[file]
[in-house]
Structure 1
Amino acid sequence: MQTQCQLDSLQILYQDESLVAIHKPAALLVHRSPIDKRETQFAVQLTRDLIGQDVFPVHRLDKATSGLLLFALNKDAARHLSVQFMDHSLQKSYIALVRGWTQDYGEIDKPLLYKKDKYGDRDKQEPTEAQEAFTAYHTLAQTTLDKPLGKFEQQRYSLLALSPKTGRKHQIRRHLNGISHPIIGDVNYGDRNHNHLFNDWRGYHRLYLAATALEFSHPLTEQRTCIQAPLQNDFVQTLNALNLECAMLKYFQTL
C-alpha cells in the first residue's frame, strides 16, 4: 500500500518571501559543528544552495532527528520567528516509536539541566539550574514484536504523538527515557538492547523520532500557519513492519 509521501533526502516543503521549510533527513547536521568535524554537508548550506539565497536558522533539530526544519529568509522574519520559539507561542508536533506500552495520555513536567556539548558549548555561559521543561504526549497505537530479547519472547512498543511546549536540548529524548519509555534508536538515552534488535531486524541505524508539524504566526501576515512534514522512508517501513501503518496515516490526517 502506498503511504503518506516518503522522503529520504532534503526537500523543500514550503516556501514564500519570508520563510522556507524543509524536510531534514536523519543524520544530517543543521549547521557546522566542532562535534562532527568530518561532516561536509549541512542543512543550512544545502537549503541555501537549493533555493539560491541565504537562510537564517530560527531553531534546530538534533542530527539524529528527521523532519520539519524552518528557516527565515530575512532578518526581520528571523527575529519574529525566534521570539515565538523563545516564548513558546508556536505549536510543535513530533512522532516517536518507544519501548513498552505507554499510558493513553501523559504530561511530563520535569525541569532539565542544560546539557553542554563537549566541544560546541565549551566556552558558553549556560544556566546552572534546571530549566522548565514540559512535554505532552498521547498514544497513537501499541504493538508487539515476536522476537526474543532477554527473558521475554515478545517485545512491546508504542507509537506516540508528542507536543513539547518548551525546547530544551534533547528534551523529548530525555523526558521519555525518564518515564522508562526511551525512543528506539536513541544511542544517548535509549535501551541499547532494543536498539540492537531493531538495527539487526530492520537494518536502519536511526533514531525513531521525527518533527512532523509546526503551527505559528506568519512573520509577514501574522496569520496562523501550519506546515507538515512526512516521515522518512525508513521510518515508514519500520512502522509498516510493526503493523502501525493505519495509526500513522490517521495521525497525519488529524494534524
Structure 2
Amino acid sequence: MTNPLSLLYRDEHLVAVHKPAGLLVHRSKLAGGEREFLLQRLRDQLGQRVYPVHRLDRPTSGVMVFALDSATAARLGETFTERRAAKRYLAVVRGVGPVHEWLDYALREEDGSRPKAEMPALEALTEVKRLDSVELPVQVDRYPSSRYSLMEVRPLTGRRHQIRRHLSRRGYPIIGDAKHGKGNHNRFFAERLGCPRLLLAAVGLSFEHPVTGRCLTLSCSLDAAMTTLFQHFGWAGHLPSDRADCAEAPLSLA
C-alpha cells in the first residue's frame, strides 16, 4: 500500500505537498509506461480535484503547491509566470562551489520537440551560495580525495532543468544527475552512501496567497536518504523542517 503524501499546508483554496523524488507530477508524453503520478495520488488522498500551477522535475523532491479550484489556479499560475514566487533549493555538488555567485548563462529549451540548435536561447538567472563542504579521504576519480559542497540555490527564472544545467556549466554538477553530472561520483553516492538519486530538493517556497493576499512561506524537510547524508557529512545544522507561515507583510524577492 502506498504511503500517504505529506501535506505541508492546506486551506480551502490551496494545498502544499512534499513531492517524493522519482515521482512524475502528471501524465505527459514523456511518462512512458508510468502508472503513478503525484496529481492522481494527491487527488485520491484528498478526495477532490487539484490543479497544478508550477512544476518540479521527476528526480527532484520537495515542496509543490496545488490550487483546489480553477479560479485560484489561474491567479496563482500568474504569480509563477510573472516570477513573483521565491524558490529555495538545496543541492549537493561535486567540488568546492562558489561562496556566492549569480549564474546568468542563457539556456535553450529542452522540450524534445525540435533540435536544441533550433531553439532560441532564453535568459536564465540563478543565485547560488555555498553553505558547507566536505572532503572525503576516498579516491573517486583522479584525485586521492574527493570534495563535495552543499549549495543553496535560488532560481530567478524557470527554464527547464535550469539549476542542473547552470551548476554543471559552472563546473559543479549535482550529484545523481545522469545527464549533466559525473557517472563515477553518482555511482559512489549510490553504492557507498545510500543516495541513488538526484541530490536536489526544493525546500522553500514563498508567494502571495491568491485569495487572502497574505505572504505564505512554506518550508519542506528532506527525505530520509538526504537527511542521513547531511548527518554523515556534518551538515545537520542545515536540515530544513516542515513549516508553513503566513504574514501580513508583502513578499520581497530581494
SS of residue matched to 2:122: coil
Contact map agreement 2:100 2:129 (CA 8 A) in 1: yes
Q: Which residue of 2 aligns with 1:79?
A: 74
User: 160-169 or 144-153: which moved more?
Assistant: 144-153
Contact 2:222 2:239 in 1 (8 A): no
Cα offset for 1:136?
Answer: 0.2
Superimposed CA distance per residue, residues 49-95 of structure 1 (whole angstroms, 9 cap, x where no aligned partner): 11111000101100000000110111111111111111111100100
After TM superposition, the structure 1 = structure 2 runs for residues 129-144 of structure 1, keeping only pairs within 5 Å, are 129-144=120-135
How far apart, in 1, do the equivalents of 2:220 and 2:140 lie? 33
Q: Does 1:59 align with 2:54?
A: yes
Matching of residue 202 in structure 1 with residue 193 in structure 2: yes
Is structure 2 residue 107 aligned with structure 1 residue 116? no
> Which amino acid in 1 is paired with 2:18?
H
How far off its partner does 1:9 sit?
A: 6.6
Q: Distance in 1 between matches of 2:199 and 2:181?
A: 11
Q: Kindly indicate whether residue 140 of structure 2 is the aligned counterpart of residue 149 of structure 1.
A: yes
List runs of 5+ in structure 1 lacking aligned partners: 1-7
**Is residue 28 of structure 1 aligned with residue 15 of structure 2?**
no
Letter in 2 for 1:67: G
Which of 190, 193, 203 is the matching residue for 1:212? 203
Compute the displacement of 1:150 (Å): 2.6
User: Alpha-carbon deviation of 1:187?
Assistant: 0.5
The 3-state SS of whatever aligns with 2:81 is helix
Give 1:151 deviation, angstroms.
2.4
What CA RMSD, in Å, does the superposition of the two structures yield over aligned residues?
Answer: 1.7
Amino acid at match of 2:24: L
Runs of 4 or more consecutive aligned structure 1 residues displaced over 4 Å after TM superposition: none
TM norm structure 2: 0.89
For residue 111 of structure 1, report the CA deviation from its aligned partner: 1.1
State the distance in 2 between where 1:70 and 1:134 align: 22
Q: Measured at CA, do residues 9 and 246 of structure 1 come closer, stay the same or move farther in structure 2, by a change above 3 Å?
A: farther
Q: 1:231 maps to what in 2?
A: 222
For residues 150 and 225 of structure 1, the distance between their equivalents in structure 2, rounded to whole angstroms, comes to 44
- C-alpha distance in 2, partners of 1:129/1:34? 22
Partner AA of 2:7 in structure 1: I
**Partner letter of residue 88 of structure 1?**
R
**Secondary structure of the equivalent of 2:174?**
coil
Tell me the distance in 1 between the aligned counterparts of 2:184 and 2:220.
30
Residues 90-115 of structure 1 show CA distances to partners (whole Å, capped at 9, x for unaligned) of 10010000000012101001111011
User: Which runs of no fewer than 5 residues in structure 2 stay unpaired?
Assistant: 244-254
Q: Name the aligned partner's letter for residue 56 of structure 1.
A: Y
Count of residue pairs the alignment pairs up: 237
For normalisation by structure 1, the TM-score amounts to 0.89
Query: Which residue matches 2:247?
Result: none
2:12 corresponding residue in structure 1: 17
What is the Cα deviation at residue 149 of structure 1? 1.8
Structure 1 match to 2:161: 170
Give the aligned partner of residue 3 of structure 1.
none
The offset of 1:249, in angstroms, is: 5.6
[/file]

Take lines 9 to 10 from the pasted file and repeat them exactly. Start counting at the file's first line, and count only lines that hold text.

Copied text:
Contact map agreement 2:100 2:129 (CA 8 A) in 1: yes
Q: Which residue of 2 aligns with 1:79?